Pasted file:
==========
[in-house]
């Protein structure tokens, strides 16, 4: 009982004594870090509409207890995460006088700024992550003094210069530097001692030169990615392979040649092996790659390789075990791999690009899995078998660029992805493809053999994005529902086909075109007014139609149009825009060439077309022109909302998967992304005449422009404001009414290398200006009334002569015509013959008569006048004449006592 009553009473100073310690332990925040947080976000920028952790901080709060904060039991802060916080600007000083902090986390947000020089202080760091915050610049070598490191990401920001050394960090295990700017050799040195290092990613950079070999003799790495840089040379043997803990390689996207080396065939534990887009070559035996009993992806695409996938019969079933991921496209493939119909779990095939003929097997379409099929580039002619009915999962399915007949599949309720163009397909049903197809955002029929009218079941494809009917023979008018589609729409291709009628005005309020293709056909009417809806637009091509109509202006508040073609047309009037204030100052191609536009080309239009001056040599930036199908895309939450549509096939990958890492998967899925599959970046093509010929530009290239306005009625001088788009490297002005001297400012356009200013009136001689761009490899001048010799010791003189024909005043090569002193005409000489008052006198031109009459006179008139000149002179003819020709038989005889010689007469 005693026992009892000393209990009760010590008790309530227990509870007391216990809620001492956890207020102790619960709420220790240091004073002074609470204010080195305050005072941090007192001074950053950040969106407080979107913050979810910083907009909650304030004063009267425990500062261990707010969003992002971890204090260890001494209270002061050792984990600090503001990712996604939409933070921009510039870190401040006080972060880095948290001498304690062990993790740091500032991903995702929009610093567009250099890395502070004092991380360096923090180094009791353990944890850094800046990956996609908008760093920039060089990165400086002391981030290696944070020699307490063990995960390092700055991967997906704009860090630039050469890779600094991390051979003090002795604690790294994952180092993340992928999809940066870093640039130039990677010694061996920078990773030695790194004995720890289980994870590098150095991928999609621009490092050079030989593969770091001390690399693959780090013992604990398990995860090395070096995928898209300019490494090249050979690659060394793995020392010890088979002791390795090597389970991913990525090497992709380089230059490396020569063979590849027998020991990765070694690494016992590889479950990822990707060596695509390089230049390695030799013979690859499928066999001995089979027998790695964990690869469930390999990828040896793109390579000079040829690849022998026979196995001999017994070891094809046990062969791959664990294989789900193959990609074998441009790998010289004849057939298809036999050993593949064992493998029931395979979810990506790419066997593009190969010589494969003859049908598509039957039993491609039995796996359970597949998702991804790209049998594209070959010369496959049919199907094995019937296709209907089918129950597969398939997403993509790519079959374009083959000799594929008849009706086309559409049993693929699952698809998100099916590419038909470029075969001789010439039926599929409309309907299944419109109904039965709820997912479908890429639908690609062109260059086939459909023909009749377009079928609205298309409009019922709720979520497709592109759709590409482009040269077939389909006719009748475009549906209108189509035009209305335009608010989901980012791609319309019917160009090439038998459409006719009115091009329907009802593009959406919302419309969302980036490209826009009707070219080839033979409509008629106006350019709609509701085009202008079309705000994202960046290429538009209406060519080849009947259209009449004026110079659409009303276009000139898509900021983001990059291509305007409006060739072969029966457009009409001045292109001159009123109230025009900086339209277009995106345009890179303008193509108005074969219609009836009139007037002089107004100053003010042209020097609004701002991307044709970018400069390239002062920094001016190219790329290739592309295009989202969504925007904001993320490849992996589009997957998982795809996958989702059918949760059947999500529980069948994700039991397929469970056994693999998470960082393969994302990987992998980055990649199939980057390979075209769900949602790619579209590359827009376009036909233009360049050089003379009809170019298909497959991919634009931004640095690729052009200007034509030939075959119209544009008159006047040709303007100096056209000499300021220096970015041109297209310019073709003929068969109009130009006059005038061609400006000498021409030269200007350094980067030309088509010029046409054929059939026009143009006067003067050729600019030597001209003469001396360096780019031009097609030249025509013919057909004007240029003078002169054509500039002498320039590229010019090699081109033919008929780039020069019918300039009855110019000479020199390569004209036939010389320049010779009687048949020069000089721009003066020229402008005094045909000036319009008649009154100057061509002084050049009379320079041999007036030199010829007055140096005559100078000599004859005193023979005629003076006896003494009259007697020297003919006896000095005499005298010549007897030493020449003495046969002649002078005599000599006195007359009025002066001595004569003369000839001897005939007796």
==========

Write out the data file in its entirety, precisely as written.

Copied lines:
[in-house]
């Protein structure tokens, strides 16, 4: 009982004594870090509409207890995460006088700024992550003094210069530097001692030169990615392979040649092996790659390789075990791999690009899995078998660029992805493809053999994005529902086909075109007014139609149009825009060439077309022109909302998967992304005449422009404001009414290398200006009334002569015509013959008569006048004449006592 009553009473100073310690332990925040947080976000920028952790901080709060904060039991802060916080600007000083902090986390947000020089202080760091915050610049070598490191990401920001050394960090295990700017050799040195290092990613950079070999003799790495840089040379043997803990390689996207080396065939534990887009070559035996009993992806695409996938019969079933991921496209493939119909779990095939003929097997379409099929580039002619009915999962399915007949599949309720163009397909049903197809955002029929009218079941494809009917023979008018589609729409291709009628005005309020293709056909009417809806637009091509109509202006508040073609047309009037204030100052191609536009080309239009001056040599930036199908895309939450549509096939990958890492998967899925599959970046093509010929530009290239306005009625001088788009490297002005001297400012356009200013009136001689761009490899001048010799010791003189024909005043090569002193005409000489008052006198031109009459006179008139000149002179003819020709038989005889010689007469 005693026992009892000393209990009760010590008790309530227990509870007391216990809620001492956890207020102790619960709420220790240091004073002074609470204010080195305050005072941090007192001074950053950040969106407080979107913050979810910083907009909650304030004063009267425990500062261990707010969003992002971890204090260890001494209270002061050792984990600090503001990712996604939409933070921009510039870190401040006080972060880095948290001498304690062990993790740091500032991903995702929009610093567009250099890395502070004092991380360096923090180094009791353990944890850094800046990956996609908008760093920039060089990165400086002391981030290696944070020699307490063990995960390092700055991967997906704009860090630039050469890779600094991390051979003090002795604690790294994952180092993340992928999809940066870093640039130039990677010694061996920078990773030695790194004995720890289980994870590098150095991928999609621009490092050079030989593969770091001390690399693959780090013992604990398990995860090395070096995928898209300019490494090249050979690659060394793995020392010890088979002791390795090597389970991913990525090497992709380089230059490396020569063979590849027998020991990765070694690494016992590889479950990822990707060596695509390089230049390695030799013979690859499928066999001995089979027998790695964990690869469930390999990828040896793109390579000079040829690849022998026979196995001999017994070891094809046990062969791959664990294989789900193959990609074998441009790998010289004849057939298809036999050993593949064992493998029931395979979810990506790419066997593009190969010589494969003859049908598509039957039993491609039995796996359970597949998702991804790209049998594209070959010369496959049919199907094995019937296709209907089918129950597969398939997403993509790519079959374009083959000799594929008849009706086309559409049993693929699952698809998100099916590419038909470029075969001789010439039926599929409309309907299944419109109904039965709820997912479908890429639908690609062109260059086939459909023909009749377009079928609205298309409009019922709720979520497709592109759709590409482009040269077939389909006719009748475009549906209108189509035009209305335009608010989901980012791609319309019917160009090439038998459409006719009115091009329907009802593009959406919302419309969302980036490209826009009707070219080839033979409509008629106006350019709609509701085009202008079309705000994202960046290429538009209406060519080849009947259209009449004026110079659409009303276009000139898509900021983001990059291509305007409006060739072969029966457009009409001045292109001159009123109230025009900086339209277009995106345009890179303008193509108005074969219609009836009139007037002089107004100053003010042209020097609004701002991307044709970018400069390239002062920094001016190219790329290739592309295009989202969504925007904001993320490849992996589009997957998982795809996958989702059918949760059947999500529980069948994700039991397929469970056994693999998470960082393969994302990987992998980055990649199939980057390979075209769900949602790619579209590359827009376009036909233009360049050089003379009809170019298909497959991919634009931004640095690729052009200007034509030939075959119209544009008159006047040709303007100096056209000499300021220096970015041109297209310019073709003929068969109009130009006059005038061609400006000498021409030269200007350094980067030309088509010029046409054929059939026009143009006067003067050729600019030597001209003469001396360096780019031009097609030249025509013919057909004007240029003078002169054509500039002498320039590229010019090699081109033919008929780039020069019918300039009855110019000479020199390569004209036939010389320049010779009687048949020069000089721009003066020229402008005094045909000036319009008649009154100057061509002084050049009379320079041999007036030199010829007055140096005559100078000599004859005193023979005629003076006896003494009259007697020297003919006896000095005499005298010549007897030493020449003495046969002649002078005599000599006195007359009025002066001595004569003369000839001897005939007796």